Anti-Müllerian Hormone – a Fundamental Indicator for Fertility

The interesting name of this hormone is derived from the name of a German scientist Johannes Peter Müller. He discovered in the 19th century that the genitals in male and female human embryos are the same until the 6. week of development. This is the time, where uterian tubes, uterine, cervix and upper part of the vagina start to develop out of these Müllerian ducts. In males, a hormone is secreted starting from the 9th week of development, that directs the development of these ducts in a different way. Because it suppresses the development of female Müllerian ducts, in other words, works „against“ such development, the hormone is called anti- Müllerian hormone (AMH).

This hormone is intresting not only due to its name, but because it is also being produced in ovarian follicles that are ready to grow and develop. The level of this hormone provides the means to measure a woman’s ovarian reserve quite exactly. In other words it provides the possibility to see how many follicles are potentially ready for ovulation and thus, what are the chances for a pregnancy?

Usually AMH level rises in a woman’s organism during puberty, peaks at the highest point of fertility, usually between 20-30 years of age. After the peak, the levels will slowly decrease until it reaches zero during menopause. However, it must be mentioned that the causes for a low level of AMH may not necessarily mean infertility, e.g in case of ovarian tissue removal from one side, the natural level of this hormone can’t be as high, but it doesn’t exclude the possibility for natural pregnancy.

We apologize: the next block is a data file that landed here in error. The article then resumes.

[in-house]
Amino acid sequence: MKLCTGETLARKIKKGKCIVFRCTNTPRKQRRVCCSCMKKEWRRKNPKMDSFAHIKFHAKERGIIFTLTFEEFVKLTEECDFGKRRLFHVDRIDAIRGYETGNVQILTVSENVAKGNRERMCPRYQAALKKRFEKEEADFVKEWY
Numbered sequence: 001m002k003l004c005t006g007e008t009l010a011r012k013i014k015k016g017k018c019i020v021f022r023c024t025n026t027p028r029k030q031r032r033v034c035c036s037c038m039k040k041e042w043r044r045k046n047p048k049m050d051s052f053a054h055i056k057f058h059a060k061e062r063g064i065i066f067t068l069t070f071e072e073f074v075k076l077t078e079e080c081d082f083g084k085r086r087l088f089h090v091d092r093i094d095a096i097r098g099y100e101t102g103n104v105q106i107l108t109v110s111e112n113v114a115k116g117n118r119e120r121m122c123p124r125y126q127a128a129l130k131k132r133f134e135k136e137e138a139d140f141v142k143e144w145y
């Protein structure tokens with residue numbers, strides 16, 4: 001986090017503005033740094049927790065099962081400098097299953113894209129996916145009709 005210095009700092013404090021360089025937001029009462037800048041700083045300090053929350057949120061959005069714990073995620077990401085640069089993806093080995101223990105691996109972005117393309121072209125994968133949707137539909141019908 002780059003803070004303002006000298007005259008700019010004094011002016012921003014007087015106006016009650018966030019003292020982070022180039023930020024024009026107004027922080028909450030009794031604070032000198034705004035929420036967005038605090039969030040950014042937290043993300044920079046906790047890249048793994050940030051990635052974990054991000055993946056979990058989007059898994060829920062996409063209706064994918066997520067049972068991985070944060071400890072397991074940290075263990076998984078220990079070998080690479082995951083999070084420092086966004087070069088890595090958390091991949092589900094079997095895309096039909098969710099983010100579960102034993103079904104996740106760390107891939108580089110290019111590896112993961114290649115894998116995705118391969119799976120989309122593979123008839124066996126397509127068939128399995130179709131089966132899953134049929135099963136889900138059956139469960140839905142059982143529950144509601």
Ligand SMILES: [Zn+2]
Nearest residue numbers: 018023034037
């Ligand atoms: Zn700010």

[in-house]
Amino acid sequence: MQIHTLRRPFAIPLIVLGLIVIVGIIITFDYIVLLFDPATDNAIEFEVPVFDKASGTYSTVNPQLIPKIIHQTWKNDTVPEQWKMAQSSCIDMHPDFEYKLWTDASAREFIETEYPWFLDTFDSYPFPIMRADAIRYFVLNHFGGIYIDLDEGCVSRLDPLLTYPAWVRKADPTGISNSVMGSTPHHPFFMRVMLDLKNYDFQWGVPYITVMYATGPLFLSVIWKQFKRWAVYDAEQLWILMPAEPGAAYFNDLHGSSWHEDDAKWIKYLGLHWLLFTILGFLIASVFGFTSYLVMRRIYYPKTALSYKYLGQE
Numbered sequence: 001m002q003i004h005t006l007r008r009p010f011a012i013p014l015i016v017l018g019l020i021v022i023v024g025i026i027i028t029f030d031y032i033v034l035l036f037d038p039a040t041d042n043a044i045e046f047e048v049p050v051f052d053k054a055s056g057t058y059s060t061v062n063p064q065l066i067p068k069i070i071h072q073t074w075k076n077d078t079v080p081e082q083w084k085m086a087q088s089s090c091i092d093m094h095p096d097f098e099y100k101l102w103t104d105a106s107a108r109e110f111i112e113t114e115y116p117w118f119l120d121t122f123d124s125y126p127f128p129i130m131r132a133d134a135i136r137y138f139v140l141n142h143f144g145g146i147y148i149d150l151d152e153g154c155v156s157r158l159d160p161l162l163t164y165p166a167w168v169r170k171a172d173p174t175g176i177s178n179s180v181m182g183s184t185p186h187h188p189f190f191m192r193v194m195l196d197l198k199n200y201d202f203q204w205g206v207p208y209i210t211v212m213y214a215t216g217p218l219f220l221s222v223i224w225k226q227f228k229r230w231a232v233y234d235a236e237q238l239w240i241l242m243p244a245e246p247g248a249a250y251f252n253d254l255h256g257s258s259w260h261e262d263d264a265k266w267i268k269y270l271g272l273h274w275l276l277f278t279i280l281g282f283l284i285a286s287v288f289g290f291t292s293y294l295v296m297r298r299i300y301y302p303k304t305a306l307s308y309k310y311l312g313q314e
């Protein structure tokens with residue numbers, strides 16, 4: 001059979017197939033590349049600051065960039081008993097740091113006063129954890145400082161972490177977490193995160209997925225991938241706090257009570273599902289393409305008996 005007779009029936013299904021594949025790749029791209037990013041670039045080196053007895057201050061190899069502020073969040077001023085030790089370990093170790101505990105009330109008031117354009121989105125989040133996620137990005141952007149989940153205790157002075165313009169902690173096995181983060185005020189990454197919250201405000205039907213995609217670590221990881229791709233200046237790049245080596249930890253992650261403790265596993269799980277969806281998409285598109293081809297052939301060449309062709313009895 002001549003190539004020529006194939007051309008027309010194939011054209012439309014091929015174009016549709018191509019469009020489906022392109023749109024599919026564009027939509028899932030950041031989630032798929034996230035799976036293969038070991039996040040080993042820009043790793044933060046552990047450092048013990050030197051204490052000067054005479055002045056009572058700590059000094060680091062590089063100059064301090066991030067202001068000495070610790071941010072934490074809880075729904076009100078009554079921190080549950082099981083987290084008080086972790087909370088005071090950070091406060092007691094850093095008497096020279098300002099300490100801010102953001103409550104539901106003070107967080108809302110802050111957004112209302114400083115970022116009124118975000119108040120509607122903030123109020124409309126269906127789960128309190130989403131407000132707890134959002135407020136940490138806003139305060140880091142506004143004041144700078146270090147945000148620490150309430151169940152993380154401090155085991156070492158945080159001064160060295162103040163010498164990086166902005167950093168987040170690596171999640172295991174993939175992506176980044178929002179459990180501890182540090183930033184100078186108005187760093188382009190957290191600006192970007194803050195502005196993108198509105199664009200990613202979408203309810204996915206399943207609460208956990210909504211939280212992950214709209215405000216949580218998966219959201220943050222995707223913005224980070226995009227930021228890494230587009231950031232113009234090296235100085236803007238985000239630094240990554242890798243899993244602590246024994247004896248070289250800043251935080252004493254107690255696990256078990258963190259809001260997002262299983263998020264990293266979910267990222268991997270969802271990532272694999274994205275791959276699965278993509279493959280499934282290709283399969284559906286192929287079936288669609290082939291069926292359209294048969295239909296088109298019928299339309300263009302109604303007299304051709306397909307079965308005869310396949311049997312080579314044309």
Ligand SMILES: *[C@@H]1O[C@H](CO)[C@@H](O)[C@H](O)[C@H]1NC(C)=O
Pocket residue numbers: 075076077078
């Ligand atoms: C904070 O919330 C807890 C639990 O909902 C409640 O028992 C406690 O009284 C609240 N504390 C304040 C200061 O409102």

You might want to ask – can you increase the levels of AMH and thus the possibility of a pregnancy? Unfortunately not – the hormone is being produced by an active follicle and not the other way around, that means an increase in AMH will not stimulate a primary follicle. This is why the level of anti-Müller hormone is just an indicator of reproductive issues. According to our gynaecologist Sirle Randoja: “This hormone is one of many aspects assessed in women going through fertility treatment. AMH levels obviously decrease with age and can’t be used to assess the effectivity of fertility treatments. However, AMH levels may predict the ovarian response to stimulation.“

This hormone also plays a role in the evaluation of menopause. According to scientific research (A. Kruszyṅska, S. L. Broer et al) the AMH analysis provides the possibility to predict the menopause 5 to 10 years in advance. This also means that who are not planning to get pregnant in the near future, may choose to vitrify their oocytes and to postpone parenthood.

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